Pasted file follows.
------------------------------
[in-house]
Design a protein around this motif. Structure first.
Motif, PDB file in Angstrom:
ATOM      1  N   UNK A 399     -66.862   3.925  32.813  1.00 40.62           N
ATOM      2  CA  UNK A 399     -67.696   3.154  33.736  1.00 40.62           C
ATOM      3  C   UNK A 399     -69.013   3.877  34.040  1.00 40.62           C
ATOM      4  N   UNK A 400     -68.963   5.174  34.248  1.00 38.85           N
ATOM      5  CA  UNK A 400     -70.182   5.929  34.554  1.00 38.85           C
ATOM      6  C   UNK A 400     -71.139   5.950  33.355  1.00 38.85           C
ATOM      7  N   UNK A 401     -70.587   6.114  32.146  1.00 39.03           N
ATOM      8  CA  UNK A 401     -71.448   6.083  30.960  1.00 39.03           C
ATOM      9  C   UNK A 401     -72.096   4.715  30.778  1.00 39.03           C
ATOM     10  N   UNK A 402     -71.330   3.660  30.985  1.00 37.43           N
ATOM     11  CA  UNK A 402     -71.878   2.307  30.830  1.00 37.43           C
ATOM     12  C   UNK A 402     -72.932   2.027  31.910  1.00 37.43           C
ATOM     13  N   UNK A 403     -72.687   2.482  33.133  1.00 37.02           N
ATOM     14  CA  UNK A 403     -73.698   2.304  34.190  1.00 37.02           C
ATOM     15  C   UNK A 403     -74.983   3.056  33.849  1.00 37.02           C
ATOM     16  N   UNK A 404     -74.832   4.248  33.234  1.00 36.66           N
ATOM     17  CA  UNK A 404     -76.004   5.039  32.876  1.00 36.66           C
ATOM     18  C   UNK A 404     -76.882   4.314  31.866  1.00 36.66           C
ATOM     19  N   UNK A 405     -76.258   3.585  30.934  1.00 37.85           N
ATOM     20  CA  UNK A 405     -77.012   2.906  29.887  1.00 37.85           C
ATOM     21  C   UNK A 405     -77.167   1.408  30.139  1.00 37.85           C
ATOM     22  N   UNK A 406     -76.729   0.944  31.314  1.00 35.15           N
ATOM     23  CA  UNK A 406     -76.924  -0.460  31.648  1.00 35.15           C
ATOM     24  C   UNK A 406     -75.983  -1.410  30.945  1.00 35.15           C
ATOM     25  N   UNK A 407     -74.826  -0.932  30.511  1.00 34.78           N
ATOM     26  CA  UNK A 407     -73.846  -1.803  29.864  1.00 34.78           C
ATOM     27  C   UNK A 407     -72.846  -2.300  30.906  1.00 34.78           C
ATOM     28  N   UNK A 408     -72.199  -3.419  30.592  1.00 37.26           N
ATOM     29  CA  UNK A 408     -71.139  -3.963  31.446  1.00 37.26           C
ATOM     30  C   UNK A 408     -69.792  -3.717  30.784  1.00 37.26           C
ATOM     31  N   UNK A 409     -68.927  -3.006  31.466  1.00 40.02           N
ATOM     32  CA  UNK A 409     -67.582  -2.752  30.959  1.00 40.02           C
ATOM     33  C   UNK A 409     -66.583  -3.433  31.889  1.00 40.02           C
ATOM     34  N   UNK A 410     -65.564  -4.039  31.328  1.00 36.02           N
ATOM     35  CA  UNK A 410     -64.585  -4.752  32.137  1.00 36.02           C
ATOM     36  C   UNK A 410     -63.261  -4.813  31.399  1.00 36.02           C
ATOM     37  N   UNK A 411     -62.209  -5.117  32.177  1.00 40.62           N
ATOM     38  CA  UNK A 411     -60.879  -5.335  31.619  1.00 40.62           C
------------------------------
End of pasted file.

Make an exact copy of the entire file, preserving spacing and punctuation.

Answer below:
[in-house]
Design a protein around this motif. Structure first.
Motif, PDB file in Angstrom:
ATOM      1  N   UNK A 399     -66.862   3.925  32.813  1.00 40.62           N
ATOM      2  CA  UNK A 399     -67.696   3.154  33.736  1.00 40.62           C
ATOM      3  C   UNK A 399     -69.013   3.877  34.040  1.00 40.62           C
ATOM      4  N   UNK A 400     -68.963   5.174  34.248  1.00 38.85           N
ATOM      5  CA  UNK A 400     -70.182   5.929  34.554  1.00 38.85           C
ATOM      6  C   UNK A 400     -71.139   5.950  33.355  1.00 38.85           C
ATOM      7  N   UNK A 401     -70.587   6.114  32.146  1.00 39.03           N
ATOM      8  CA  UNK A 401     -71.448   6.083  30.960  1.00 39.03           C
ATOM      9  C   UNK A 401     -72.096   4.715  30.778  1.00 39.03           C
ATOM     10  N   UNK A 402     -71.330   3.660  30.985  1.00 37.43           N
ATOM     11  CA  UNK A 402     -71.878   2.307  30.830  1.00 37.43           C
ATOM     12  C   UNK A 402     -72.932   2.027  31.910  1.00 37.43           C
ATOM     13  N   UNK A 403     -72.687   2.482  33.133  1.00 37.02           N
ATOM     14  CA  UNK A 403     -73.698   2.304  34.190  1.00 37.02           C
ATOM     15  C   UNK A 403     -74.983   3.056  33.849  1.00 37.02           C
ATOM     16  N   UNK A 404     -74.832   4.248  33.234  1.00 36.66           N
ATOM     17  CA  UNK A 404     -76.004   5.039  32.876  1.00 36.66           C
ATOM     18  C   UNK A 404     -76.882   4.314  31.866  1.00 36.66           C
ATOM     19  N   UNK A 405     -76.258   3.585  30.934  1.00 37.85           N
ATOM     20  CA  UNK A 405     -77.012   2.906  29.887  1.00 37.85           C
ATOM     21  C   UNK A 405     -77.167   1.408  30.139  1.00 37.85           C
ATOM     22  N   UNK A 406     -76.729   0.944  31.314  1.00 35.15           N
ATOM     23  CA  UNK A 406     -76.924  -0.460  31.648  1.00 35.15           C
ATOM     24  C   UNK A 406     -75.983  -1.410  30.945  1.00 35.15           C
ATOM     25  N   UNK A 407     -74.826  -0.932  30.511  1.00 34.78           N
ATOM     26  CA  UNK A 407     -73.846  -1.803  29.864  1.00 34.78           C
ATOM     27  C   UNK A 407     -72.846  -2.300  30.906  1.00 34.78           C
ATOM     28  N   UNK A 408     -72.199  -3.419  30.592  1.00 37.26           N
ATOM     29  CA  UNK A 408     -71.139  -3.963  31.446  1.00 37.26           C
ATOM     30  C   UNK A 408     -69.792  -3.717  30.784  1.00 37.26           C
ATOM     31  N   UNK A 409     -68.927  -3.006  31.466  1.00 40.02           N
ATOM     32  CA  UNK A 409     -67.582  -2.752  30.959  1.00 40.02           C
ATOM     33  C   UNK A 409     -66.583  -3.433  31.889  1.00 40.02           C
ATOM     34  N   UNK A 410     -65.564  -4.039  31.328  1.00 36.02           N
ATOM     35  CA  UNK A 410     -64.585  -4.752  32.137  1.00 36.02           C
ATOM     36  C   UNK A 410     -63.261  -4.813  31.399  1.00 36.02           C
ATOM     37  N   UNK A 411     -62.209  -5.117  32.177  1.00 40.62           N
ATOM     38  CA  UNK A 411     -60.879  -5.335  31.619  1.00 40.62           C